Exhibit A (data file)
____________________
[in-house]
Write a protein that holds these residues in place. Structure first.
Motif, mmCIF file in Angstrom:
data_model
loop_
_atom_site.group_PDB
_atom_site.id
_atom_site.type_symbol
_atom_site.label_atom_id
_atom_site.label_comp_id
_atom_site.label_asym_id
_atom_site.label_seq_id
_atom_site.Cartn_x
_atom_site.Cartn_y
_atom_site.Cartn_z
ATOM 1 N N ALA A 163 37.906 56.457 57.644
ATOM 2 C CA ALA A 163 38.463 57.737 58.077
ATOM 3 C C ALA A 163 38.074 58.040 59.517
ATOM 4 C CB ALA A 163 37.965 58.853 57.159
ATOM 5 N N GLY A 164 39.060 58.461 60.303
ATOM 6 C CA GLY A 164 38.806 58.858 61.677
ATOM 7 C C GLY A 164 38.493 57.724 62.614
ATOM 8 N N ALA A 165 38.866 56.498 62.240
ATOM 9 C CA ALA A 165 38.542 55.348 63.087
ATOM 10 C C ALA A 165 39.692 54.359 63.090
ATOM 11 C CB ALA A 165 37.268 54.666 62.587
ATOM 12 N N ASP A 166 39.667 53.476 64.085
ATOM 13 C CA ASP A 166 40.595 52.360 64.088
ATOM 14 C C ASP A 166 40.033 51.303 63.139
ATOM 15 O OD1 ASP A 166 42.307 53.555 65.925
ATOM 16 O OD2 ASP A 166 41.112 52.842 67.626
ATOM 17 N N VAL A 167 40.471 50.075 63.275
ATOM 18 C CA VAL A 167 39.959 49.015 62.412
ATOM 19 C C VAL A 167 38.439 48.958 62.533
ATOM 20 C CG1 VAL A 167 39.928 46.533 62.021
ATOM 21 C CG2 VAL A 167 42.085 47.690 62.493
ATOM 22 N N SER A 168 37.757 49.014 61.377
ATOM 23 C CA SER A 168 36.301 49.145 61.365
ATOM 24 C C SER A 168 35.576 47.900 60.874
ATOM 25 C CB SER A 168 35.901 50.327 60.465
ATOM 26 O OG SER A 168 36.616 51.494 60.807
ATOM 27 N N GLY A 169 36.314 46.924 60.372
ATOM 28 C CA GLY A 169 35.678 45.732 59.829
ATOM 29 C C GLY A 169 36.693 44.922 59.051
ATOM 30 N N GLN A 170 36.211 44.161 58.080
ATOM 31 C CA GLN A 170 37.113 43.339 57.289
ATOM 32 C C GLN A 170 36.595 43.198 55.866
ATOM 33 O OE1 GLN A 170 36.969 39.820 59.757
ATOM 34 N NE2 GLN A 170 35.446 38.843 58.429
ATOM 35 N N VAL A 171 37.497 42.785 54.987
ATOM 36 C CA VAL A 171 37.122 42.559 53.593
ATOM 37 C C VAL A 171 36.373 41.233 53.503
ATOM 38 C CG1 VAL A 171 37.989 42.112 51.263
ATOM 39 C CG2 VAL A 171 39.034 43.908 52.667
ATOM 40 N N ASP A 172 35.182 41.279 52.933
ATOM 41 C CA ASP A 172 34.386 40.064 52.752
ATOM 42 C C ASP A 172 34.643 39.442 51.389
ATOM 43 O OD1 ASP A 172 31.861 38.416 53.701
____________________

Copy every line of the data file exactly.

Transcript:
[in-house]
Write a protein that holds these residues in place. Structure first.
Motif, mmCIF file in Angstrom:
data_model
loop_
_atom_site.group_PDB
_atom_site.id
_atom_site.type_symbol
_atom_site.label_atom_id
_atom_site.label_comp_id
_atom_site.label_asym_id
_atom_site.label_seq_id
_atom_site.Cartn_x
_atom_site.Cartn_y
_atom_site.Cartn_z
ATOM 1 N N ALA A 163 37.906 56.457 57.644
ATOM 2 C CA ALA A 163 38.463 57.737 58.077
ATOM 3 C C ALA A 163 38.074 58.040 59.517
ATOM 4 C CB ALA A 163 37.965 58.853 57.159
ATOM 5 N N GLY A 164 39.060 58.461 60.303
ATOM 6 C CA GLY A 164 38.806 58.858 61.677
ATOM 7 C C GLY A 164 38.493 57.724 62.614
ATOM 8 N N ALA A 165 38.866 56.498 62.240
ATOM 9 C CA ALA A 165 38.542 55.348 63.087
ATOM 10 C C ALA A 165 39.692 54.359 63.090
ATOM 11 C CB ALA A 165 37.268 54.666 62.587
ATOM 12 N N ASP A 166 39.667 53.476 64.085
ATOM 13 C CA ASP A 166 40.595 52.360 64.088
ATOM 14 C C ASP A 166 40.033 51.303 63.139
ATOM 15 O OD1 ASP A 166 42.307 53.555 65.925
ATOM 16 O OD2 ASP A 166 41.112 52.842 67.626
ATOM 17 N N VAL A 167 40.471 50.075 63.275
ATOM 18 C CA VAL A 167 39.959 49.015 62.412
ATOM 19 C C VAL A 167 38.439 48.958 62.533
ATOM 20 C CG1 VAL A 167 39.928 46.533 62.021
ATOM 21 C CG2 VAL A 167 42.085 47.690 62.493
ATOM 22 N N SER A 168 37.757 49.014 61.377
ATOM 23 C CA SER A 168 36.301 49.145 61.365
ATOM 24 C C SER A 168 35.576 47.900 60.874
ATOM 25 C CB SER A 168 35.901 50.327 60.465
ATOM 26 O OG SER A 168 36.616 51.494 60.807
ATOM 27 N N GLY A 169 36.314 46.924 60.372
ATOM 28 C CA GLY A 169 35.678 45.732 59.829
ATOM 29 C C GLY A 169 36.693 44.922 59.051
ATOM 30 N N GLN A 170 36.211 44.161 58.080
ATOM 31 C CA GLN A 170 37.113 43.339 57.289
ATOM 32 C C GLN A 170 36.595 43.198 55.866
ATOM 33 O OE1 GLN A 170 36.969 39.820 59.757
ATOM 34 N NE2 GLN A 170 35.446 38.843 58.429
ATOM 35 N N VAL A 171 37.497 42.785 54.987
ATOM 36 C CA VAL A 171 37.122 42.559 53.593
ATOM 37 C C VAL A 171 36.373 41.233 53.503
ATOM 38 C CG1 VAL A 171 37.989 42.112 51.263
ATOM 39 C CG2 VAL A 171 39.034 43.908 52.667
ATOM 40 N N ASP A 172 35.182 41.279 52.933
ATOM 41 C CA ASP A 172 34.386 40.064 52.752
ATOM 42 C C ASP A 172 34.643 39.442 51.389
ATOM 43 O OD1 ASP A 172 31.861 38.416 53.701